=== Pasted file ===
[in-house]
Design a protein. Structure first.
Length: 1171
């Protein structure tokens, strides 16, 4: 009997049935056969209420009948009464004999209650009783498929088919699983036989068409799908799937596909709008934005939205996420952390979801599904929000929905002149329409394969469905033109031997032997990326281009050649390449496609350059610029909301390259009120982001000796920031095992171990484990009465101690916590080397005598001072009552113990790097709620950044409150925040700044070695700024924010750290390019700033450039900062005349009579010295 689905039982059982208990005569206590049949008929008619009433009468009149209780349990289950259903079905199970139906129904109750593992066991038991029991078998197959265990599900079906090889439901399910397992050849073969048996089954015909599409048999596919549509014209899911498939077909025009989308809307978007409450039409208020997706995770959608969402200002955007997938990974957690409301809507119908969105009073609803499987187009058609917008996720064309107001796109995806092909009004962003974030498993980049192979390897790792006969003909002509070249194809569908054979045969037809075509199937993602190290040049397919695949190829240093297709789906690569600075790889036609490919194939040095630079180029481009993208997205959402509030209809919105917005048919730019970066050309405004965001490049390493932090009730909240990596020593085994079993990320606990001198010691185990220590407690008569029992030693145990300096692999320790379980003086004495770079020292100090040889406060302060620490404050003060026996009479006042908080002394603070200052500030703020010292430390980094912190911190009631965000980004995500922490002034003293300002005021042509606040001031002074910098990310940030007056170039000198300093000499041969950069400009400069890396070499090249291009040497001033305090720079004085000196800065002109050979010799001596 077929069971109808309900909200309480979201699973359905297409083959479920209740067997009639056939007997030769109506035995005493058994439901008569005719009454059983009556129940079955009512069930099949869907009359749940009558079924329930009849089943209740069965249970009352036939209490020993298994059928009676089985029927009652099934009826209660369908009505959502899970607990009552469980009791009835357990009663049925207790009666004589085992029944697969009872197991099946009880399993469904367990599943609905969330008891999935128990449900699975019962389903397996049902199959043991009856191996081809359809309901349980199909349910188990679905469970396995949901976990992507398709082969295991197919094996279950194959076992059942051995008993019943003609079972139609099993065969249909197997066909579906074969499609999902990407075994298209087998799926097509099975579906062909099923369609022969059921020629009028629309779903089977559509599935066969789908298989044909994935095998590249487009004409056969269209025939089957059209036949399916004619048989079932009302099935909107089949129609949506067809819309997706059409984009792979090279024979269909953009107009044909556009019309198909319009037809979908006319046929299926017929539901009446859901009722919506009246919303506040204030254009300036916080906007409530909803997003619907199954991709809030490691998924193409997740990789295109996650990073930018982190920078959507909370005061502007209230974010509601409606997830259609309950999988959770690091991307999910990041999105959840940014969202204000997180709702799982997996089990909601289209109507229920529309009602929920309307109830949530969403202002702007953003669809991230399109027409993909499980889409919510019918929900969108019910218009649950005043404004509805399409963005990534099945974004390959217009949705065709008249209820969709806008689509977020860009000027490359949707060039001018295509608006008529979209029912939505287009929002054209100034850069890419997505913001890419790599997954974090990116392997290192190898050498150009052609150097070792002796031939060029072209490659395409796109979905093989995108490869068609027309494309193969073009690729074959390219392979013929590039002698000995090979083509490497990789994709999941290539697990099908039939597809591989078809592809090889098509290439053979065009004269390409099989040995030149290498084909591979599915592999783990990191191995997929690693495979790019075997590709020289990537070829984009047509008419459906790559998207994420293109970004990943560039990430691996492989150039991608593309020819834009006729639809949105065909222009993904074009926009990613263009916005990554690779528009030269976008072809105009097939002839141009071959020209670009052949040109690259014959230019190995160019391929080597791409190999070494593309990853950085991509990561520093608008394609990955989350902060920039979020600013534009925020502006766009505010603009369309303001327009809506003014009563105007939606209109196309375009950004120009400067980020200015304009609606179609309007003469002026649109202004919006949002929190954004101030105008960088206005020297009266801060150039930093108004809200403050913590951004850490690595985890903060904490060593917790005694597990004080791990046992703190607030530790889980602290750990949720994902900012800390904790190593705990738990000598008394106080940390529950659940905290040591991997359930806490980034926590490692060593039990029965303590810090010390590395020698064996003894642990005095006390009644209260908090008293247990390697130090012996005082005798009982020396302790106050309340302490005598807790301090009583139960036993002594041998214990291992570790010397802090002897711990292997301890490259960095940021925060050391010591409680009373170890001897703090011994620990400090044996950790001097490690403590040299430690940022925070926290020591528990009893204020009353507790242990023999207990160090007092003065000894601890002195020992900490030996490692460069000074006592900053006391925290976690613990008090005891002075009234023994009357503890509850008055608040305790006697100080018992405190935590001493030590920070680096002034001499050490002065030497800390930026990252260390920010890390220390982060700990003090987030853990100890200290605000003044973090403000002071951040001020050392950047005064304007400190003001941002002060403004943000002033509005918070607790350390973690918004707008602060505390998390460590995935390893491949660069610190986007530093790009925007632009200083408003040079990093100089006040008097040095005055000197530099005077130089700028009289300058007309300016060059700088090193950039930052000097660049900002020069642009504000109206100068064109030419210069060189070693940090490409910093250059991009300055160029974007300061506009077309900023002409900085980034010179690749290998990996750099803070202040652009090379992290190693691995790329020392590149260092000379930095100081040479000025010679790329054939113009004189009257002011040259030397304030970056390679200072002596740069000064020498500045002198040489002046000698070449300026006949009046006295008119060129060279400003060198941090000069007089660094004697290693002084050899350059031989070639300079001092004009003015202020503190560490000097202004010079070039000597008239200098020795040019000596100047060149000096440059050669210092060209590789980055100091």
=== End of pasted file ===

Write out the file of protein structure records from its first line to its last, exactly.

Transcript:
[in-house]
Design a protein. Structure first.
Length: 1171
């Protein structure tokens, strides 16, 4: 009997049935056969209420009948009464004999209650009783498929088919699983036989068409799908799937596909709008934005939205996420952390979801599904929000929905002149329409394969469905033109031997032997990326281009050649390449496609350059610029909301390259009120982001000796920031095992171990484990009465101690916590080397005598001072009552113990790097709620950044409150925040700044070695700024924010750290390019700033450039900062005349009579010295 689905039982059982208990005569206590049949008929008619009433009468009149209780349990289950259903079905199970139906129904109750593992066991038991029991078998197959265990599900079906090889439901399910397992050849073969048996089954015909599409048999596919549509014209899911498939077909025009989308809307978007409450039409208020997706995770959608969402200002955007997938990974957690409301809507119908969105009073609803499987187009058609917008996720064309107001796109995806092909009004962003974030498993980049192979390897790792006969003909002509070249194809569908054979045969037809075509199937993602190290040049397919695949190829240093297709789906690569600075790889036609490919194939040095630079180029481009993208997205959402509030209809919105917005048919730019970066050309405004965001490049390493932090009730909240990596020593085994079993990320606990001198010691185990220590407690008569029992030693145990300096692999320790379980003086004495770079020292100090040889406060302060620490404050003060026996009479006042908080002394603070200052500030703020010292430390980094912190911190009631965000980004995500922490002034003293300002005021042509606040001031002074910098990310940030007056170039000198300093000499041969950069400009400069890396070499090249291009040497001033305090720079004085000196800065002109050979010799001596 077929069971109808309900909200309480979201699973359905297409083959479920209740067997009639056939007997030769109506035995005493058994439901008569005719009454059983009556129940079955009512069930099949869907009359749940009558079924329930009849089943209740069965249970009352036939209490020993298994059928009676089985029927009652099934009826209660369908009505959502899970607990009552469980009791009835357990009663049925207790009666004589085992029944697969009872197991099946009880399993469904367990599943609905969330008891999935128990449900699975019962389903397996049902199959043991009856191996081809359809309901349980199909349910188990679905469970396995949901976990992507398709082969295991197919094996279950194959076992059942051995008993019943003609079972139609099993065969249909197997066909579906074969499609999902990407075994298209087998799926097509099975579906062909099923369609022969059921020629009028629309779903089977559509599935066969789908298989044909994935095998590249487009004409056969269209025939089957059209036949399916004619048989079932009302099935909107089949129609949506067809819309997706059409984009792979090279024979269909953009107009044909556009019309198909319009037809979908006319046929299926017929539901009446859901009722919506009246919303506040204030254009300036916080906007409530909803997003619907199954991709809030490691998924193409997740990789295109996650990073930018982190920078959507909370005061502007209230974010509601409606997830259609309950999988959770690091991307999910990041999105959840940014969202204000997180709702799982997996089990909601289209109507229920529309009602929920309307109830949530969403202002702007953003669809991230399109027409993909499980889409919510019918929900969108019910218009649950005043404004509805399409963005990534099945974004390959217009949705065709008249209820969709806008689509977020860009000027490359949707060039001018295509608006008529979209029912939505287009929002054209100034850069890419997505913001890419790599997954974090990116392997290192190898050498150009052609150097070792002796031939060029072209490659395409796109979905093989995108490869068609027309494309193969073009690729074959390219392979013929590039002698000995090979083509490497990789994709999941290539697990099908039939597809591989078809592809090889098509290439053979065009004269390409099989040995030149290498084909591979599915592999783990990191191995997929690693495979790019075997590709020289990537070829984009047509008419459906790559998207994420293109970004990943560039990430691996492989150039991608593309020819834009006729639809949105065909222009993904074009926009990613263009916005990554690779528009030269976008072809105009097939002839141009071959020209670009052949040109690259014959230019190995160019391929080597791409190999070494593309990853950085991509990561520093608008394609990955989350902060920039979020600013534009925020502006766009505010603009369309303001327009809506003014009563105007939606209109196309375009950004120009400067980020200015304009609606179609309007003469002026649109202004919006949002929190954004101030105008960088206005020297009266801060150039930093108004809200403050913590951004850490690595985890903060904490060593917790005694597990004080791990046992703190607030530790889980602290750990949720994902900012800390904790190593705990738990000598008394106080940390529950659940905290040591991997359930806490980034926590490692060593039990029965303590810090010390590395020698064996003894642990005095006390009644209260908090008293247990390697130090012996005082005798009982020396302790106050309340302490005598807790301090009583139960036993002594041998214990291992570790010397802090002897711990292997301890490259960095940021925060050391010591409680009373170890001897703090011994620990400090044996950790001097490690403590040299430690940022925070926290020591528990009893204020009353507790242990023999207990160090007092003065000894601890002195020992900490030996490692460069000074006592900053006391925290976690613990008090005891002075009234023994009357503890509850008055608040305790006697100080018992405190935590001493030590920070680096002034001499050490002065030497800390930026990252260390920010890390220390982060700990003090987030853990100890200290605000003044973090403000002071951040001020050392950047005064304007400190003001941002002060403004943000002033509005918070607790350390973690918004707008602060505390998390460590995935390893491949660069610190986007530093790009925007632009200083408003040079990093100089006040008097040095005055000197530099005077130089700028009289300058007309300016060059700088090193950039930052000097660049900002020069642009504000109206100068064109030419210069060189070693940090490409910093250059991009300055160029974007300061506009077309900023002409900085980034010179690749290998990996750099803070202040652009090379992290190693691995790329020392590149260092000379930095100081040479000025010679790329054939113009004189009257002011040259030397304030970056390679200072002596740069000064020498500045002198040489002046000698070449300026006949009046006295008119060129060279400003060198941090000069007089660094004697290693002084050899350059031989070639300079001092004009003015202020503190560490000097202004010079070039000597008239200098020795040019000596100047060149000096440059050669210092060209590789980055100091």